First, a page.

On the Economy, M&A and Cash Deployment

Mr. FF Wong went on at length about his views on the current economic climate. He feels that the current solutions being proposed by the European Union are simply delayed tactics, and not a cure-all solution to the problems plaguing the Euro-Zone. He believes the problems will drag on for quite a while and the economy will remain in the doldrums for the medium-term, with probable contagion effects spreading to Asia and the world in general. This fact, coupled with the troubles still ongoing in USA and the seemingly hard landing and high inflation experienced in China, would throw up opportunities to acquire assets and companies on the cheap. Thus, Boustead is looking out for potential M&A which would enhance the ROE of the Group; as the Group is now sitting on a net cash balance of S$200 million which is generating a measly return of just 0.5% to 0.6% (as verified by Director Mr. Tong Weng Leong).

He also stated that during the last crisis of 2008-2009, the surprising thing was that no banks had pulled the plug on any businesses in Singapore in terms of the loans which were extended to these businesses, as a co-ordinated effort by major central banks around the world injected massive liquidity into the economic system and provided the oiling necessary to restart business activity which had previously been halted through fear and trepidation. Mr. Wong was admittedly surprised that the crisis, though deep, had failed to throw up any bargains for Boustead to capitalize on. For the current crisis though, he believes that it may finally create opportunities for Boustead to deploy their cash hoard, and this is the purpose of him keeping such a large cash stash; in readiness for such juicy opportunities which only present themselves during periods of economic distress.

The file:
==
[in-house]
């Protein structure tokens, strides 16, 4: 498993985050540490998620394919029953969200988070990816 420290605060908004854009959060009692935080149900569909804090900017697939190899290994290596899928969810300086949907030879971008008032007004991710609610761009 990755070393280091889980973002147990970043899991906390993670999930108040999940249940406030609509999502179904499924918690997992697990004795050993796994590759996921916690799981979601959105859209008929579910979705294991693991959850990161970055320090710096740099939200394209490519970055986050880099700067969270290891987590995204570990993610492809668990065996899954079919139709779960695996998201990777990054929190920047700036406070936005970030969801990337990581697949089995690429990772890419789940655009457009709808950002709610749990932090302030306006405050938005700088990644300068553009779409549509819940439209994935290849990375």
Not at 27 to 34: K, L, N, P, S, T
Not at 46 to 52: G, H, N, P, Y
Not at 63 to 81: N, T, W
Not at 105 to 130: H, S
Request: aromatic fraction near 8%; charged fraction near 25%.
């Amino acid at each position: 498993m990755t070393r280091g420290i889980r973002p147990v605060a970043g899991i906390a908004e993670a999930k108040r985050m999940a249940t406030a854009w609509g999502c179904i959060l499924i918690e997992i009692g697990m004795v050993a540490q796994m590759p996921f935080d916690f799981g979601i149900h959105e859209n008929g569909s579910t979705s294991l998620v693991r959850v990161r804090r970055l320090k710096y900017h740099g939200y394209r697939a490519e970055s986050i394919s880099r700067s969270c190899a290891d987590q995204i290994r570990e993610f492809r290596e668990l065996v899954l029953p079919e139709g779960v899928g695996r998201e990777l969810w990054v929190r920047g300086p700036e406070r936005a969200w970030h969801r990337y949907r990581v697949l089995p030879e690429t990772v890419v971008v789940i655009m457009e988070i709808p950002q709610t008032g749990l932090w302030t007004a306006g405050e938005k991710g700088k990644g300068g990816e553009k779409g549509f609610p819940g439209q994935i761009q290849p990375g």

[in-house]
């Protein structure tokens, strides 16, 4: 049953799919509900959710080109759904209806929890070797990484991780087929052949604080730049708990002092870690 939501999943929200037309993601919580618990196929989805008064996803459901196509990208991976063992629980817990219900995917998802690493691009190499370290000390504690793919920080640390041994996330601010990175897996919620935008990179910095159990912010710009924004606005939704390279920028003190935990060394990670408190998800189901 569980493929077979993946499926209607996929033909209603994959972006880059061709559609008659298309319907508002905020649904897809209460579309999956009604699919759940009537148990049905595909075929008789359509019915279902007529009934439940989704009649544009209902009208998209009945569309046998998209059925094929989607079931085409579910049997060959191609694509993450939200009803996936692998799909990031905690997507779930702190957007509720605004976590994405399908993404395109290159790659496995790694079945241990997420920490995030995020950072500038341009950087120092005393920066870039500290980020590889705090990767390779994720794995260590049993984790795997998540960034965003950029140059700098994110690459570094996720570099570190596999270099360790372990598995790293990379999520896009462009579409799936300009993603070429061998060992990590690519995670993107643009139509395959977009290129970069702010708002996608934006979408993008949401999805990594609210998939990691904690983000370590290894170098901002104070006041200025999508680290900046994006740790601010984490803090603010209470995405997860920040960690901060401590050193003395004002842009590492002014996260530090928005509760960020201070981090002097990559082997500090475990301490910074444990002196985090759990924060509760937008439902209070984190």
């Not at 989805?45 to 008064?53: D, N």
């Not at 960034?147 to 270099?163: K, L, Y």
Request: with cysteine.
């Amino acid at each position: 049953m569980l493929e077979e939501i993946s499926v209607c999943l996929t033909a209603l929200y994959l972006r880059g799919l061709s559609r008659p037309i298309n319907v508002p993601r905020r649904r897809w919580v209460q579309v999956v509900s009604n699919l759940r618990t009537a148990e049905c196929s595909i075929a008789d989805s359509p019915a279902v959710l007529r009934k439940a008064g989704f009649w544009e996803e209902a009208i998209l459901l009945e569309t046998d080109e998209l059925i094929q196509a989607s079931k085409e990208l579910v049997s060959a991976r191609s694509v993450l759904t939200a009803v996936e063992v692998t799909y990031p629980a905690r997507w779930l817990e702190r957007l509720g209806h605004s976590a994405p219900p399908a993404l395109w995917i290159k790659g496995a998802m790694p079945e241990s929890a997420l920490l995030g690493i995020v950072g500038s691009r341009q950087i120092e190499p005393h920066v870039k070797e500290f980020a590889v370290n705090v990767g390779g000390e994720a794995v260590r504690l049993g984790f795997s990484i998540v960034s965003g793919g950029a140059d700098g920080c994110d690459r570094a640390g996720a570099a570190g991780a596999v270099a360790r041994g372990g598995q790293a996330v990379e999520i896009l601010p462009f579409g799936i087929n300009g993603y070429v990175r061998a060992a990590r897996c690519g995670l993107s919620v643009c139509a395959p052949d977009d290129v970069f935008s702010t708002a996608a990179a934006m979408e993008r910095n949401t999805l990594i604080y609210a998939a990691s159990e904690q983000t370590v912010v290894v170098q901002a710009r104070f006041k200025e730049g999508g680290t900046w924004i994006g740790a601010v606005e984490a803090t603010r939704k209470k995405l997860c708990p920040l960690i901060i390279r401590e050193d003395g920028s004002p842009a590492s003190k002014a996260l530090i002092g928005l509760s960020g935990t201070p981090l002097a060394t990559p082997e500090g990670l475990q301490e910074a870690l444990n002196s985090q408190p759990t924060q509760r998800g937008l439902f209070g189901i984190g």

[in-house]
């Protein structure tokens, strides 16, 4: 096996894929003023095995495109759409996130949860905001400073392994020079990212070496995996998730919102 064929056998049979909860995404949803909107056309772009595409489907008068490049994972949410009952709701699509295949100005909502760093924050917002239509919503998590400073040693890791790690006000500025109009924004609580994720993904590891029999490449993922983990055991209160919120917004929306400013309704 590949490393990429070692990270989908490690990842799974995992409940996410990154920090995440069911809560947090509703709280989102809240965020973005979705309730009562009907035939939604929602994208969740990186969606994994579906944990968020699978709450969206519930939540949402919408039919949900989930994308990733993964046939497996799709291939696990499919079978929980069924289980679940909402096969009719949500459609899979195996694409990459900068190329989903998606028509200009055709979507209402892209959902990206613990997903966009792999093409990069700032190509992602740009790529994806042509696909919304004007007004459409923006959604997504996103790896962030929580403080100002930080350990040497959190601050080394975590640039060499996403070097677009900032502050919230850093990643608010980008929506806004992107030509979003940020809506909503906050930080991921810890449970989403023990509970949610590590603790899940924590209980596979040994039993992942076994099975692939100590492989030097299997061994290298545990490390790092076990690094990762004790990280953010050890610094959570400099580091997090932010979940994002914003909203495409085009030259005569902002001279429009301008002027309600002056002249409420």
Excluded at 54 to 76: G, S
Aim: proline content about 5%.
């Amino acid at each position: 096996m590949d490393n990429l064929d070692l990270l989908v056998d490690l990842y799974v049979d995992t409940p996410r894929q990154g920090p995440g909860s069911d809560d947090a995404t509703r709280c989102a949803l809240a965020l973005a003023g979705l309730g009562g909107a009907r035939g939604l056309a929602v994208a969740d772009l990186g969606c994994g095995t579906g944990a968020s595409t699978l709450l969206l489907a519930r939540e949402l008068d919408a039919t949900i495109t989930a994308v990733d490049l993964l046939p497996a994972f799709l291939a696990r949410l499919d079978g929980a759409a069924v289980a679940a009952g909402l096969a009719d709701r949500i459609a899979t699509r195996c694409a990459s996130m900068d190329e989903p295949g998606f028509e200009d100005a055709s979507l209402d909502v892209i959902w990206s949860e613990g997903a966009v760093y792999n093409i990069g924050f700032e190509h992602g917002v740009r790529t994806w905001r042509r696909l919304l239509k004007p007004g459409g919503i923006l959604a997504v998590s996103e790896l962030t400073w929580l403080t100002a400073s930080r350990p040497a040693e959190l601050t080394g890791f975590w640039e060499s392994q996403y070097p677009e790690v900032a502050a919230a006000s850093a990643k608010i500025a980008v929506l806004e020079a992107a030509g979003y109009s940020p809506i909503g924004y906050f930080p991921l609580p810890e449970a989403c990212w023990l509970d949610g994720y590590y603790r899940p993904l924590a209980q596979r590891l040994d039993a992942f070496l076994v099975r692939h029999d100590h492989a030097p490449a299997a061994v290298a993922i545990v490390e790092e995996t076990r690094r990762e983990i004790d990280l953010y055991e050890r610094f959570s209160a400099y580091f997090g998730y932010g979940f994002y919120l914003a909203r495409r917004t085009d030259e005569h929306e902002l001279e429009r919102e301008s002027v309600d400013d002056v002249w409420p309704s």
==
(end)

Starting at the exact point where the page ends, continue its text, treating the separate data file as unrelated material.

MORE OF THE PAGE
Note too that Boustead maintains a cash management program utilizing about S$20 million to purchase short-term high-grade corporate bonds yielding about 6% per annum. However, due to prudence and liquidity issues, no more than $20 million can be deployed for such purposes.

On Libya and making mistakes